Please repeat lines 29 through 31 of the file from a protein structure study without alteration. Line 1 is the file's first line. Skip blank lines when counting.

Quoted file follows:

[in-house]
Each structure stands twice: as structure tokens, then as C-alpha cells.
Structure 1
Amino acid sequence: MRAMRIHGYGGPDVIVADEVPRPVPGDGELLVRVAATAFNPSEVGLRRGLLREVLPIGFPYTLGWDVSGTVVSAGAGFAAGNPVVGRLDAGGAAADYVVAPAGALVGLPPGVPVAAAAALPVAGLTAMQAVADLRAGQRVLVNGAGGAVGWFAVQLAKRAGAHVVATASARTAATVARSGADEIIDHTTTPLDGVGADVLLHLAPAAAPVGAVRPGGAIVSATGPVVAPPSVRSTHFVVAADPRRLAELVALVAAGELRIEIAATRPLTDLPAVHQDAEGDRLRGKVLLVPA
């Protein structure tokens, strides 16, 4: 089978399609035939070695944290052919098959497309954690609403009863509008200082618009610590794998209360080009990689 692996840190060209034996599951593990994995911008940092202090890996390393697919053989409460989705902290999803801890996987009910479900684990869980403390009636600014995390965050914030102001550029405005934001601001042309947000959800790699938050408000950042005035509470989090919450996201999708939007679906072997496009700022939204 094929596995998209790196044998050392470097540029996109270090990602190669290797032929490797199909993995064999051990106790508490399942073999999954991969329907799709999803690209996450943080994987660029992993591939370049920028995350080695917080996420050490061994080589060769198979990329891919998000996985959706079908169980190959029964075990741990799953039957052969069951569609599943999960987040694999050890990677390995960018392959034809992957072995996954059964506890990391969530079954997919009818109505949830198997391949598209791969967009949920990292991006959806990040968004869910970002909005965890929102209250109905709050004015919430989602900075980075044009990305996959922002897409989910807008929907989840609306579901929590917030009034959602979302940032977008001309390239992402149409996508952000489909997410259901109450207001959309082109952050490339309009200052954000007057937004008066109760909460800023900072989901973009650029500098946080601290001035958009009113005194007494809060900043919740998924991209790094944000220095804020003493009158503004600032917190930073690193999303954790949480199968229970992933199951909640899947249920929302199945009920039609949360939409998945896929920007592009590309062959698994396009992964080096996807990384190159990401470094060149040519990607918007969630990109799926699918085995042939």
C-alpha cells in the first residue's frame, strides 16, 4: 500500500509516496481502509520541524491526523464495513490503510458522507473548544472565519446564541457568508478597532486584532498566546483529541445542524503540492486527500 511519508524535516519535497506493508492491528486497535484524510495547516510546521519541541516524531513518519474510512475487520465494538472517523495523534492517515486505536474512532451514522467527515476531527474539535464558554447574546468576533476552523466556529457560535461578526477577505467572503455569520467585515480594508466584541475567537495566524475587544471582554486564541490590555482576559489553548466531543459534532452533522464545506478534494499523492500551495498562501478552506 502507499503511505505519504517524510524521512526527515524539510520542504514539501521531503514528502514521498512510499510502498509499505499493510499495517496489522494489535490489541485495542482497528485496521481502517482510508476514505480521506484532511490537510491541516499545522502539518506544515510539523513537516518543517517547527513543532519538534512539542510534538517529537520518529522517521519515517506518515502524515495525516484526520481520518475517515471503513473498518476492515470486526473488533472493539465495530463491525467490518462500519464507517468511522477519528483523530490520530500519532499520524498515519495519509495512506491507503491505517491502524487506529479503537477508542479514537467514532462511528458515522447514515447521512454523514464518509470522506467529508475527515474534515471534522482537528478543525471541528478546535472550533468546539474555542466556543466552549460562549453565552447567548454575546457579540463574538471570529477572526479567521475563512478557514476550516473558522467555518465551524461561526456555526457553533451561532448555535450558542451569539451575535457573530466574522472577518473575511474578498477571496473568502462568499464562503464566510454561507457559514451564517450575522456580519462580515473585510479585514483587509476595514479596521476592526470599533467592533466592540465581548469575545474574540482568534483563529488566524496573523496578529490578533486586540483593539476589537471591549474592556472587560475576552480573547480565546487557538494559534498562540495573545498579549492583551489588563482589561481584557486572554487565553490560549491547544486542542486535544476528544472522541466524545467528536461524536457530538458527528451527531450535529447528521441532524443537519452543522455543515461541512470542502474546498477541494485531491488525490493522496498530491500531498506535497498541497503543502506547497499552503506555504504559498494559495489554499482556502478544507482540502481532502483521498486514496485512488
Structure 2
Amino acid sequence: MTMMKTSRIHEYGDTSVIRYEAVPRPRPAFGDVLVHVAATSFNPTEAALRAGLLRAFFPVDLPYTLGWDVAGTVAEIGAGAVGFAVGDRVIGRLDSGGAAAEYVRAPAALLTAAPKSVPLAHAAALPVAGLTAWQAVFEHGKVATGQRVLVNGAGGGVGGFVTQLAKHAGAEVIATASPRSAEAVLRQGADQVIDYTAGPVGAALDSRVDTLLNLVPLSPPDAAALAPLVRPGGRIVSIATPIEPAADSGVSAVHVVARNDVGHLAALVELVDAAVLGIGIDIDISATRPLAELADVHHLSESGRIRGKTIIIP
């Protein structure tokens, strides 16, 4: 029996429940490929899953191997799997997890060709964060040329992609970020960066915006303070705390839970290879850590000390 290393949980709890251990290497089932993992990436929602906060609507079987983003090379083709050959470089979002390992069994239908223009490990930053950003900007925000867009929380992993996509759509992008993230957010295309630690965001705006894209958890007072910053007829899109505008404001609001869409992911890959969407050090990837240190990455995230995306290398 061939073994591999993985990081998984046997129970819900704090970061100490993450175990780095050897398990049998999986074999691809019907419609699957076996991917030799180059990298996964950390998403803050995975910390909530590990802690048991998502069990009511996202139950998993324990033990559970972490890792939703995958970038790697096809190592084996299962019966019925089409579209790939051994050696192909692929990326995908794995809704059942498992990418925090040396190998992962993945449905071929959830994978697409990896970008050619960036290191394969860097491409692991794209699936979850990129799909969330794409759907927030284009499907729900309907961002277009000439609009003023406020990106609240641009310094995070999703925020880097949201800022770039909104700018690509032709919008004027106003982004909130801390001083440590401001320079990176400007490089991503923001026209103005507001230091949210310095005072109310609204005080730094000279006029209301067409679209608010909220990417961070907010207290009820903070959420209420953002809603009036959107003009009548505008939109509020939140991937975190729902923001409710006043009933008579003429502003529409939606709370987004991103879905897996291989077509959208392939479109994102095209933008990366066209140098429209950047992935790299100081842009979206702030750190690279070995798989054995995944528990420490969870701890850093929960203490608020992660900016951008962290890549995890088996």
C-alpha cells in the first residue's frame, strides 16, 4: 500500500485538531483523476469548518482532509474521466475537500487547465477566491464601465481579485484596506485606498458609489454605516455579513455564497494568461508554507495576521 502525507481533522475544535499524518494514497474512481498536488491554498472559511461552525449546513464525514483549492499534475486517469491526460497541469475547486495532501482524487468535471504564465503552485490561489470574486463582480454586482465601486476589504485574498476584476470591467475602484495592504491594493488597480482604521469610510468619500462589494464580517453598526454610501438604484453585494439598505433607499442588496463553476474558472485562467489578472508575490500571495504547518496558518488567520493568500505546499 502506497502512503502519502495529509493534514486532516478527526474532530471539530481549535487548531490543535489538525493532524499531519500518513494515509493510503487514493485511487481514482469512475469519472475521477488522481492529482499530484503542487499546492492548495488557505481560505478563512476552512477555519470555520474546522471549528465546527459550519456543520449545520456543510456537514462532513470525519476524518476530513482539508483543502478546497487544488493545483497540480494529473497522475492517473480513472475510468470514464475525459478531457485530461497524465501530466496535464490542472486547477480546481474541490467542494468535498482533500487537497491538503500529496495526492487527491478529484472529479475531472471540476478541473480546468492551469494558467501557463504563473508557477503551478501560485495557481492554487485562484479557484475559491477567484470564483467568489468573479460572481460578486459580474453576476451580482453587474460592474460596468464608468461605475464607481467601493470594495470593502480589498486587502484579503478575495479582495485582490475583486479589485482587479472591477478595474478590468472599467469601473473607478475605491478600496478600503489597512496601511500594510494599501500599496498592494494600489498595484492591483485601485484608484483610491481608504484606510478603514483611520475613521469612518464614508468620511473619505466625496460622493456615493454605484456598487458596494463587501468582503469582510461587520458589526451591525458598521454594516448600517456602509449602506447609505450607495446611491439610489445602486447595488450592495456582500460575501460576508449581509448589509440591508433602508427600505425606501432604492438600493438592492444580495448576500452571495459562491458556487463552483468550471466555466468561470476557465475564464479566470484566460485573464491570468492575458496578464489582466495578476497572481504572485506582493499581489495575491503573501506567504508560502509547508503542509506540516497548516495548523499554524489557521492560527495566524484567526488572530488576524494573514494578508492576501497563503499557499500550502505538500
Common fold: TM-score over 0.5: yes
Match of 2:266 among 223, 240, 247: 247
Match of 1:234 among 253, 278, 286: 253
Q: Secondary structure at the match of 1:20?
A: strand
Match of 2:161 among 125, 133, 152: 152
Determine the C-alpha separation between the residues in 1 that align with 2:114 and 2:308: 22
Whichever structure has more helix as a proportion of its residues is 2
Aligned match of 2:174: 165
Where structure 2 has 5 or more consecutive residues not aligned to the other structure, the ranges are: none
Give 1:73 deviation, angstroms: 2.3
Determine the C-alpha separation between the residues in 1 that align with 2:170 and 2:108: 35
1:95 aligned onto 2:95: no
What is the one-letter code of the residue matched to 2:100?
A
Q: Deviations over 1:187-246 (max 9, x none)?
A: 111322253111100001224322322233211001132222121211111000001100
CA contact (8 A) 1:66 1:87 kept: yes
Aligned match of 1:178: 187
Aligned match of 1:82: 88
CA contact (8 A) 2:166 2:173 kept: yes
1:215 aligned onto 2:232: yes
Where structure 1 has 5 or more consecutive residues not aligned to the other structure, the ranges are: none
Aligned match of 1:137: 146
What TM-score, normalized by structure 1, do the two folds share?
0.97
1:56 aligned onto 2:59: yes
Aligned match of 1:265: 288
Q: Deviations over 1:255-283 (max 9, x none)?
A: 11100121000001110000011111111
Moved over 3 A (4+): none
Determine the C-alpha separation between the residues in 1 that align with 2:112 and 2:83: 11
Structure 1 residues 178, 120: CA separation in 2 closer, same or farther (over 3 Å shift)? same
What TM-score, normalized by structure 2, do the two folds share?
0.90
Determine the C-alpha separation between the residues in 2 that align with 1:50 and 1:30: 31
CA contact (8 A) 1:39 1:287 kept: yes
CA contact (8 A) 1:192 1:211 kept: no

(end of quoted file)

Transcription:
Aligned match of 1:178: 187
Aligned match of 1:82: 88
CA contact (8 A) 2:166 2:173 kept: yes